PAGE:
planets), the interstellar medium (space between the stars), nebulae and jets. Sunspots Formation Sunspots are magnetic structures that appear dark on the solar surface. Each sunspot is characterized by a dark core, the umbra, and a less penumbra. The breakthrough in the understanding of the nature of sunspots came in 1908 when George Ellery Hale first measured a magnetic field in sunspots [8]. Sunspots are the most readily visible manifestations of solar magnetic field

concentrations and of their interaction with the Suns plasma, as theorized by Larmor in 1919. Since then the magnetic field has become firmly established as the root cause of the sunspot phenomenon. They are formed when a tube of magnetism bursts


Geophysics also encounter MHD phenomena when dealing with the presence of conducting fluids and magnetic fields in and around the earth. The Earths magnetic field reverses itself over about 1,000 years, when the Magnetic north heads south, and the field does a complete flip-flop and on the other hand, unlike the other magnets whose magnetic fields quietly fade away when left to their own devices, the Earth's magnetic field is still going strong after billions of years [9]. Terrestrial magnetic field is maintained by fluid motion in the core of the earth. The fluid core of the Earth and other planets is theorized to be a huge MHD dynamo that generates the Earth's magnetic field due to the motion of the molten rock. Beneath the earths mantle, lies the core (made of a solid inner core and a molten outer core). The liquid core moves in presence of magnetic field and eddies are set up into the same due to coriolis effect. These eddies develop a magnetic field which boost the Earths original magnetic field a process which is selfsustaining and is called geomagnetic dynamo. Based on MHD equations geophysicists can run simulations for 1000 years virtual time and study the earths magnetic field. Such simulations in the past have shown that, the earths magnetic field flips every 1000 years. But during the flips, the magnetic field does not vanish [10].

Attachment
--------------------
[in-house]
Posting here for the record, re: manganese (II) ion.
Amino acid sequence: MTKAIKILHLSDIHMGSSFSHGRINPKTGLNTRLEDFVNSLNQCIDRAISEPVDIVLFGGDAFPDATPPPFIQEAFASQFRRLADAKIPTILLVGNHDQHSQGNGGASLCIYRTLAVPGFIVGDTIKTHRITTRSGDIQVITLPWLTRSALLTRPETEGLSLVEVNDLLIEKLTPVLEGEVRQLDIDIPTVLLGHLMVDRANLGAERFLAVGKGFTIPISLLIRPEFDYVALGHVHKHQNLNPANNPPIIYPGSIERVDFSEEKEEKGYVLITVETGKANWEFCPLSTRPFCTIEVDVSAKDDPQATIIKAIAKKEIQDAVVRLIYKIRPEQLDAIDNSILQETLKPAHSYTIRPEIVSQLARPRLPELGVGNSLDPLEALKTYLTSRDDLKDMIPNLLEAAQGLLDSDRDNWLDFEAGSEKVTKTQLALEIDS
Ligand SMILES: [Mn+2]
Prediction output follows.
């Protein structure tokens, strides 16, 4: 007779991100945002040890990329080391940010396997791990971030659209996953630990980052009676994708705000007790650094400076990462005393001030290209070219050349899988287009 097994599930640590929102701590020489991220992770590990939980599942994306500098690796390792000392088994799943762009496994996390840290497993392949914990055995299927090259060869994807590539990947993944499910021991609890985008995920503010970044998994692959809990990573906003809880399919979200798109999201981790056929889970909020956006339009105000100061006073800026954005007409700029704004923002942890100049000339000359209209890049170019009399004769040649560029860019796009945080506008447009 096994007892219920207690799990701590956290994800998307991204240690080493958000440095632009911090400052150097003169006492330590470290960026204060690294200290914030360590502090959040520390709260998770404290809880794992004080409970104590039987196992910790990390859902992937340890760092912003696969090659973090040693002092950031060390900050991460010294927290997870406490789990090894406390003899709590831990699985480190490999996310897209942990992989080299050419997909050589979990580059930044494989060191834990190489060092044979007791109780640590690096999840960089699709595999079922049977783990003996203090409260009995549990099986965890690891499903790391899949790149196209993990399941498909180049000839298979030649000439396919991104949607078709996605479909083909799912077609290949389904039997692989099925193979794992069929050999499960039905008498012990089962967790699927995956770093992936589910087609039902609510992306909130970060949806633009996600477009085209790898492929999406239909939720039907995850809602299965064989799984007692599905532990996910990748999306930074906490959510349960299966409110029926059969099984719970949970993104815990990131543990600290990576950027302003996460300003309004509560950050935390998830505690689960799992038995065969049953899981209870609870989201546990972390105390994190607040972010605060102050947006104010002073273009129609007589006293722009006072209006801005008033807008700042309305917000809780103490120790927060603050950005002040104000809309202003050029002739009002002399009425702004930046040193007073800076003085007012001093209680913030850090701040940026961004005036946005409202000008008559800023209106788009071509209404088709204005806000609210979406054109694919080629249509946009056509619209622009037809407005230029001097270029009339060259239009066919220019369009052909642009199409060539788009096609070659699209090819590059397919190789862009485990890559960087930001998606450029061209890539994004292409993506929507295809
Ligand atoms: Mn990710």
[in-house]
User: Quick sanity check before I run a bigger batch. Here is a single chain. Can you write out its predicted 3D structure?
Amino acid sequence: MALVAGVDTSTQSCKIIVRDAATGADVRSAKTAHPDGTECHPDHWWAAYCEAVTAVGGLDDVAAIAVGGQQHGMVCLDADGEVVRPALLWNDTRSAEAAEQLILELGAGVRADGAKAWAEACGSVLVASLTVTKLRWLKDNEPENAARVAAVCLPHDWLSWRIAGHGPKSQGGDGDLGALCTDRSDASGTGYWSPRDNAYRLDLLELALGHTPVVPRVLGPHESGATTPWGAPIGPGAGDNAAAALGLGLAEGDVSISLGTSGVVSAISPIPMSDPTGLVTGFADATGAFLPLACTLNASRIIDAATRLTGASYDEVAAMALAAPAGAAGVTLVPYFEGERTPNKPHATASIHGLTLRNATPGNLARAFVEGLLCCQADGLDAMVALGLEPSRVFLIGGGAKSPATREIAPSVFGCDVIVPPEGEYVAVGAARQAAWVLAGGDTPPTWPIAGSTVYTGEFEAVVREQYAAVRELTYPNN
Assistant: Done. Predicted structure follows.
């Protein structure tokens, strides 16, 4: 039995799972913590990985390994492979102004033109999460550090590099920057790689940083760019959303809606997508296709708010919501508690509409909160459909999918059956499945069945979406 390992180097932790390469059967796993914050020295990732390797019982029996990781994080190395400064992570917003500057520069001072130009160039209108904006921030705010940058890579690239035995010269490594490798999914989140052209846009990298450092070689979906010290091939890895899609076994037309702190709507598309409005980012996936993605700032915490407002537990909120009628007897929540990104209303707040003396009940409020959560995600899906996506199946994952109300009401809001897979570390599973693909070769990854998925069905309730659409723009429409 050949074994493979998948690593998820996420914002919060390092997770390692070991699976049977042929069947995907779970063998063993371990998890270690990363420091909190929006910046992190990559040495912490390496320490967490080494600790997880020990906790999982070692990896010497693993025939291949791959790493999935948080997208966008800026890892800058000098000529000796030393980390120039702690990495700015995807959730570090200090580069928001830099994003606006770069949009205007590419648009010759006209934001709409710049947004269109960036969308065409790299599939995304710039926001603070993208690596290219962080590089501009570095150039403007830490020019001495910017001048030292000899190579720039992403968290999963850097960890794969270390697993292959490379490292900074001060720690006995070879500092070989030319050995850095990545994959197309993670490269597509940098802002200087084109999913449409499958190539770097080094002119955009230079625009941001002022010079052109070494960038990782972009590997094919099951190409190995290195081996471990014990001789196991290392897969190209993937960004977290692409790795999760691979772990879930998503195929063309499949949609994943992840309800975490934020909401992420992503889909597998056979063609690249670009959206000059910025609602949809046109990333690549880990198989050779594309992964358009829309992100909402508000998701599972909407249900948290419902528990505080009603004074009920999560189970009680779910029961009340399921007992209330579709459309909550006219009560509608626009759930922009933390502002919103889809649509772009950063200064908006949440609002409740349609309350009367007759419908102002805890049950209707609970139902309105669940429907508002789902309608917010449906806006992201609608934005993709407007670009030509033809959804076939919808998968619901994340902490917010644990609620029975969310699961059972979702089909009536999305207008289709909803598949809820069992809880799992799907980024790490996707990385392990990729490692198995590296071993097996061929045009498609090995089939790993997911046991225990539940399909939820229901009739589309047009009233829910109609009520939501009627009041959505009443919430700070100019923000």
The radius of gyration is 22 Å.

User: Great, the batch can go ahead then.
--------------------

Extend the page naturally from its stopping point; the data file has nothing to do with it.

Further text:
MHD Pump One of the more practical uses of the MHD force is in pumping systems, where nonpulsating flow in a complex

microchannel design. MHD micropump has several advantages, process, such and as simple

electrical energy is converted directly into force on the working liquid. EM pumps (as they are commonly known) have been in existence for many years, and many different designs have been successfully developed and employed. The first MHD pump prototype was built in 1907 [11]. The pump consists of mutually perpendicular magnetic and



pumping ability. It can be constructed with no moving parts and no direct contact with the working liquid. This is a distinct advantage if high temperature and/or

corrosive liquids must be handled. The absence of seals or moving parts leads to a highly reliable system. In addition, EM pumps are typically controllable, and even reversible, by varying themagnitude and direction of the applied current.

electric fields arranged normally to the axis of a duct. The duct is filled with a conducting liquid. As current flows, the resulting Lorentz force provides the

necessary pumping action. With the advent of micro-electro-mechanical systems

(MEMS) technology, a lot of research efforts have been made in microvalves, micropumps, and flow sensors in